Andre Gide once wrote: "Everything has been said before, but since nobody listens we have to keep going back and beginning all over again." I have been covering Bubble 2.0 since March 2011, when I argued that there were micro-bubbles in tech but nothing comparable in scope to the original 1995-2000 dot-com bubble. Since that time, the stock market has been on a tear and tech valuation multiples have continued to increase. I now believe that we are in a full-on tech bubble.
SaaS valuation multiples are as high as 39x revenue [Workday (NYSE:WDAY)], first-day IPO pops of 50+% have become common, and the aggregate market cap of all (665) public US-exchange traded technology sector companies exceeds $4.39 trillion (according to Screener.co, as of 2/18/2014) -- more than 4x the estimated contribution of the entire information and communication technology industry, including private companies, to US GDP in 2008 (source). While there are fewer high-multiple megacap, tech names, there is a robust "IPO pipeline" of privately held companies, with high-multiple $1B+ valuations, just waiting for the right time to go public. We may be in the equivalent of 1998 rather than early 2000, but the bubble is well under way.
There is no longer talk of a "new economy," but that phrase has been replaced by "software eating the world" just as all the "please god, just one more bubble" bumper stickers in the valley seem to have been replaced with gaggles of new Tesla Model S cars. The "gold rush" mentality has driven up rents in San Francisco to higher levels than Manhattan while the strong demand and limited supply of software engineers has caused entry-level top-tier developer compensation to once again far exceed entry-level top-tier investment banker pay.
While industry luminaries like Marc Andreessen continue to dispute that we are in Bubble 2.0, I believe that the $16B (+$3B in retention incentives) acquisition of WhatsApp by Facebook (NASDAQ:FB) may be the Geocities moment of the new bubble. Just as the $3.6B acquisition of free home page provider Geocities by Yahoo (YHOO) in 1999 was a major milestone in the dot-com bubble, I believe that we will look at the WhatsApp acquisition in the same context of bubble 2.0. Like Yahoo's acquisition of Geocities in 1999, the high nominal value of the acquisition of WhatsApp was enabled by a wide-open IPO window and the inflated stock valuation of its acquirer.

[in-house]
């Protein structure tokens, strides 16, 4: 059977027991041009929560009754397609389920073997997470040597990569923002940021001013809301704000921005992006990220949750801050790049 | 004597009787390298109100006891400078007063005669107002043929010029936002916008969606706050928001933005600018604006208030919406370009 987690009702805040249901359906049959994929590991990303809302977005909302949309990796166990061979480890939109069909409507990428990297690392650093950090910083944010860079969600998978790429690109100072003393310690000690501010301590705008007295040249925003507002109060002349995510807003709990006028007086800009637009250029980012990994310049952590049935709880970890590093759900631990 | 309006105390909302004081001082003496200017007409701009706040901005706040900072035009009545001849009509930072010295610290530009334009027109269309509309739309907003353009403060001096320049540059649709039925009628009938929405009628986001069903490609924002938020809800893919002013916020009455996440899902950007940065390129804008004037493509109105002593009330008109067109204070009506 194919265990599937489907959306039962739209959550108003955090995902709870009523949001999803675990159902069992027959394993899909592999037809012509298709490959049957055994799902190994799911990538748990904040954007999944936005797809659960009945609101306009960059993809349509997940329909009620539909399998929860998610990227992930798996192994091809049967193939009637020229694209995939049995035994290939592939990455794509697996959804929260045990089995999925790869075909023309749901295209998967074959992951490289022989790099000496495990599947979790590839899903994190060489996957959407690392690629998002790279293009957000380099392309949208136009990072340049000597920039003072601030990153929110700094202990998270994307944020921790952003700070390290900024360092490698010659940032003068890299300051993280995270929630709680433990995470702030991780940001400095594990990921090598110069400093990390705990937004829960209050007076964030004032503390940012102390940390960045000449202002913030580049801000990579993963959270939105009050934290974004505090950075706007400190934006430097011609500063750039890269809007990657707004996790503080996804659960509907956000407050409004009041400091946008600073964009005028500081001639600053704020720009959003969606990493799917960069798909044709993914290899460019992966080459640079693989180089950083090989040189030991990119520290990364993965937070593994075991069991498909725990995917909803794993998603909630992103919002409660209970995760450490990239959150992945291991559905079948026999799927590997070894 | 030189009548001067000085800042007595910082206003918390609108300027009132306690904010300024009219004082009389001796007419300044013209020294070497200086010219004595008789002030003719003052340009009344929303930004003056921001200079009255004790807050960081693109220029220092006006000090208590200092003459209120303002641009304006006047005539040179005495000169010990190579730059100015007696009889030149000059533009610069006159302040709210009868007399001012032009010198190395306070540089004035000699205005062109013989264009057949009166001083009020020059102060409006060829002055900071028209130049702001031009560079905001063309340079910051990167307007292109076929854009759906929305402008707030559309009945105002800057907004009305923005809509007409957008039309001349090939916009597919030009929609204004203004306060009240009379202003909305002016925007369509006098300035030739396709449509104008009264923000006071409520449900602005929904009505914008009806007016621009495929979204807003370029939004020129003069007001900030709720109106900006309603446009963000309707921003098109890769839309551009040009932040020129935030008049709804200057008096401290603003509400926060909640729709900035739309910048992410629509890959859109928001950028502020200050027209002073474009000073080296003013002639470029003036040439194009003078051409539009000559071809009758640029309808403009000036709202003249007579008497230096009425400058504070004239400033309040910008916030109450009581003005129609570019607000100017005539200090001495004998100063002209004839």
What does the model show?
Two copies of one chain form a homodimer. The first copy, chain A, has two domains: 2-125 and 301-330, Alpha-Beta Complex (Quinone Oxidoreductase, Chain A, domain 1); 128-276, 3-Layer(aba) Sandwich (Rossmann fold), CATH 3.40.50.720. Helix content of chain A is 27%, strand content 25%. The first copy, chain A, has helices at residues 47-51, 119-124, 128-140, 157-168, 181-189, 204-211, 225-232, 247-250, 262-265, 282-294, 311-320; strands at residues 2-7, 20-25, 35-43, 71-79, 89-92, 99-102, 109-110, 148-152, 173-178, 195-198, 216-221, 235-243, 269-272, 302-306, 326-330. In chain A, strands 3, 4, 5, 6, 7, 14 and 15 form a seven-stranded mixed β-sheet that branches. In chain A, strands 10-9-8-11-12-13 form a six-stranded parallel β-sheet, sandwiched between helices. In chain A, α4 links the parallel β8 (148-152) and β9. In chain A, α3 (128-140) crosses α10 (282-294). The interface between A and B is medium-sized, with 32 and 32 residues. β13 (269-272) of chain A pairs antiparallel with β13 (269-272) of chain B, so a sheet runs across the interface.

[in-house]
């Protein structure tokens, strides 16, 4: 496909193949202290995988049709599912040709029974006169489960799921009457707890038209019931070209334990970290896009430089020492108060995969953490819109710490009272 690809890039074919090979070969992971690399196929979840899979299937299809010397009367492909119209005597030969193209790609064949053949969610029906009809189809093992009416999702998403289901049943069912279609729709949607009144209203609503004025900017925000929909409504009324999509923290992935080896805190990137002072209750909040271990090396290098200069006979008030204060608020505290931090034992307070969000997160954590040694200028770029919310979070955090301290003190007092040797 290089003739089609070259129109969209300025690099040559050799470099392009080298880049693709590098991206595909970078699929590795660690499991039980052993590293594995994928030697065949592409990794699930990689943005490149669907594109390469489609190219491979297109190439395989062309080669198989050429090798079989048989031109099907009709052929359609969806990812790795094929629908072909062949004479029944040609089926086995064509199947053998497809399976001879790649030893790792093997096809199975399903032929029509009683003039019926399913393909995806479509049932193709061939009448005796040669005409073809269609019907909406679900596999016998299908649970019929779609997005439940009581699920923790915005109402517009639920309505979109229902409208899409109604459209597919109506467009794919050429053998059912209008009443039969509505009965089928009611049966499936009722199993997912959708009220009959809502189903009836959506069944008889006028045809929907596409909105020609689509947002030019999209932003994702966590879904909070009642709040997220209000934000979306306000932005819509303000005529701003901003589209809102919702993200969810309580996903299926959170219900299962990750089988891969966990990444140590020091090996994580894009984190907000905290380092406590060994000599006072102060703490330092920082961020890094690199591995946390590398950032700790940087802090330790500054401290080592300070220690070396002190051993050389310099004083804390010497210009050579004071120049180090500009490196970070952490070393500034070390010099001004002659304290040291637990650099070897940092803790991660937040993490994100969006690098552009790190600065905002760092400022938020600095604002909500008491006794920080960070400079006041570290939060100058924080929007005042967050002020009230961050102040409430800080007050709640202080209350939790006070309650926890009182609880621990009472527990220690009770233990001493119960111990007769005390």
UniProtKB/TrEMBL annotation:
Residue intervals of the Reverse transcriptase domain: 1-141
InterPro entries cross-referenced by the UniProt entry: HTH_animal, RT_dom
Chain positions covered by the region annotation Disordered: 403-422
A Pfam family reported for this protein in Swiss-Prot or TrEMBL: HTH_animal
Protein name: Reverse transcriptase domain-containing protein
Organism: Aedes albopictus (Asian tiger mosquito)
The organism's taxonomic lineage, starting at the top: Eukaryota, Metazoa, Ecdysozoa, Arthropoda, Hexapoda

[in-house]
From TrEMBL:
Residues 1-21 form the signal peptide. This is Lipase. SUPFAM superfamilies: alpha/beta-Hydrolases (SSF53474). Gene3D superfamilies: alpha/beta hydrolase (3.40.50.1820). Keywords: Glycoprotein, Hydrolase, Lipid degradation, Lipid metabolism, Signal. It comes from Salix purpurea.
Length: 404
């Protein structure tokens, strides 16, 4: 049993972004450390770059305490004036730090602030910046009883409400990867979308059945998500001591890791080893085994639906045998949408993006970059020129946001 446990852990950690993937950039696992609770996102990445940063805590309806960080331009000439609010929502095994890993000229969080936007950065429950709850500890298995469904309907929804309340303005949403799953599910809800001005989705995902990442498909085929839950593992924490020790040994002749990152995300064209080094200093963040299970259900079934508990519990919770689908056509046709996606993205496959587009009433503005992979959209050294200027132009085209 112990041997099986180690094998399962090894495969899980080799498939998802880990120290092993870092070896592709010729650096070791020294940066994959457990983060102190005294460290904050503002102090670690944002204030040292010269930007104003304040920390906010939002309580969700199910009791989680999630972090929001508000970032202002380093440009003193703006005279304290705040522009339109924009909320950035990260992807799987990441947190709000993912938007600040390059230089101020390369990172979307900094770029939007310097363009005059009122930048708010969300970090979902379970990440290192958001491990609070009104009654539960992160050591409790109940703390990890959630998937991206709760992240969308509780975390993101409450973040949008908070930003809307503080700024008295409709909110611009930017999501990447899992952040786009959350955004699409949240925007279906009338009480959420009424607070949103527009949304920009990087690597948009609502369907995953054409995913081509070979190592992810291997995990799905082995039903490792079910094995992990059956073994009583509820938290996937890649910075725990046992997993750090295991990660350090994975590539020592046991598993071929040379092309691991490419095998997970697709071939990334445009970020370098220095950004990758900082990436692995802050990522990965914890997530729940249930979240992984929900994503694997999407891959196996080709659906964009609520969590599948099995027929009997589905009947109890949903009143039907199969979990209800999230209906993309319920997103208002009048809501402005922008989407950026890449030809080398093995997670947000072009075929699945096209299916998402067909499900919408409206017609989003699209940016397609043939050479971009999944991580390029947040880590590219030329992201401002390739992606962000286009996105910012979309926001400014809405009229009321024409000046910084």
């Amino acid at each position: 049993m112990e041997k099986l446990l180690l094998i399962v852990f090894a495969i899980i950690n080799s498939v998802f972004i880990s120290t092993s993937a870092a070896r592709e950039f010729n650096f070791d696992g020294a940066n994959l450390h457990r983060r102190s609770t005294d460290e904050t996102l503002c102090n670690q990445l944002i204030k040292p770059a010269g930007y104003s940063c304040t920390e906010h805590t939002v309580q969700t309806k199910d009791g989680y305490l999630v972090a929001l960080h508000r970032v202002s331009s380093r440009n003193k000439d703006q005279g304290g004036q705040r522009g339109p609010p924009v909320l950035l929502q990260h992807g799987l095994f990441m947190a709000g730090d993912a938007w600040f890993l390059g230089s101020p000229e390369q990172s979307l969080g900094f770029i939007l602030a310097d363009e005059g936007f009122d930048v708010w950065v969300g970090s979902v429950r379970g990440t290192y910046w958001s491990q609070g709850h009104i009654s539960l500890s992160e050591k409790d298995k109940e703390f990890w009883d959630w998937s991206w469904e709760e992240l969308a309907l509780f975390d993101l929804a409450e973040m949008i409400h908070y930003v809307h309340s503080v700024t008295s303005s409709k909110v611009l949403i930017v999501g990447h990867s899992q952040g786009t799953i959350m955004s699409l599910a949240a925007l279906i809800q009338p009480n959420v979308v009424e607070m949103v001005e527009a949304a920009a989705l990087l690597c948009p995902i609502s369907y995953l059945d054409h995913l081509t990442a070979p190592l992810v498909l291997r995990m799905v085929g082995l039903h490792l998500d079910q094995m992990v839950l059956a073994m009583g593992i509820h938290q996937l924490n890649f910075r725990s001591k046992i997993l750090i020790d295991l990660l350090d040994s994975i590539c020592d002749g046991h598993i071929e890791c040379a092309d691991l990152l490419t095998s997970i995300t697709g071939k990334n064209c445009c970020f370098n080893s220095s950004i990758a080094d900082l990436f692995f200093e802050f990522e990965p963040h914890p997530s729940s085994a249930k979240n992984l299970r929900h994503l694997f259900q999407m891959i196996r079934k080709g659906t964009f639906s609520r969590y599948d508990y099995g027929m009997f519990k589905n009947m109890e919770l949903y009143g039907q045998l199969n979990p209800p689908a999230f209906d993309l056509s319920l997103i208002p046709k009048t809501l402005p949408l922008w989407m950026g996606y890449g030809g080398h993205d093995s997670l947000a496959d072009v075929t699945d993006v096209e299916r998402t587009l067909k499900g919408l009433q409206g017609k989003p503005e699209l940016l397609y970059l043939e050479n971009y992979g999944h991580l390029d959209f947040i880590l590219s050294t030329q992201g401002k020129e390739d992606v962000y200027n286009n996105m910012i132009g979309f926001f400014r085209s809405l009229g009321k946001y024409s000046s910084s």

There were three legacies of the first dot-com boom; a new class of ultra-wealthy entrepreneurs/investors who were smart enough to cash out at the top (i.e. Mark Cuban), a surviving cohort of tech companies that became industry powerhouses [i.e. eBay (NASDAQ:EBAY), Amazon (NASDAQ:AMZN), Priceline (PCLN), etc.], and the enormous wreckage left by dot-com failures (a closed IPO window, massive decline in angel and venture funding for startups, and devastated retail investor portfolios).
I am a geek, and tech evangelist, at heart and wish the status quo were sustainable, STEM professionals would remain the new rock stars, cheap money would keep flowing to tech startups, and the stock market would never go down. But, I also believe in intellectual honesty, and feel obligated to point out the obvious.
Let the debate begin ...
Note that I am not avoiding the tech sector entirely, as there are bargains to be found in even the most overvalued markets. However, investors should avoid tech companies with high valuation multiples, particularly those that embark on costly and dilutive acquisition strategies. Even though I previously saw some potentially attractive growth opportunities for FB, I would now avoid it. The "Levi's" of the current tech gold-rush (tech companies that sell enabling tech or services to other tech companies) are also risky plays.
While there is timing risk in trying to short the bubble, I have occasionally bought a small number of cheap far-out-of-the-money puts in some of the most overvalued tech names [WDAY, Tableau Software (DATA), etc.]. That has proven costly in the past, but may be something I would consider doing again in the future.
Disclosure: I have no positions in any stocks mentioned, and no plans to initiate any positions within the next 72 hours.
Business relationship disclosure: My company buys self-serve advertising using Facebook Ads and Yahoo Stream Ads.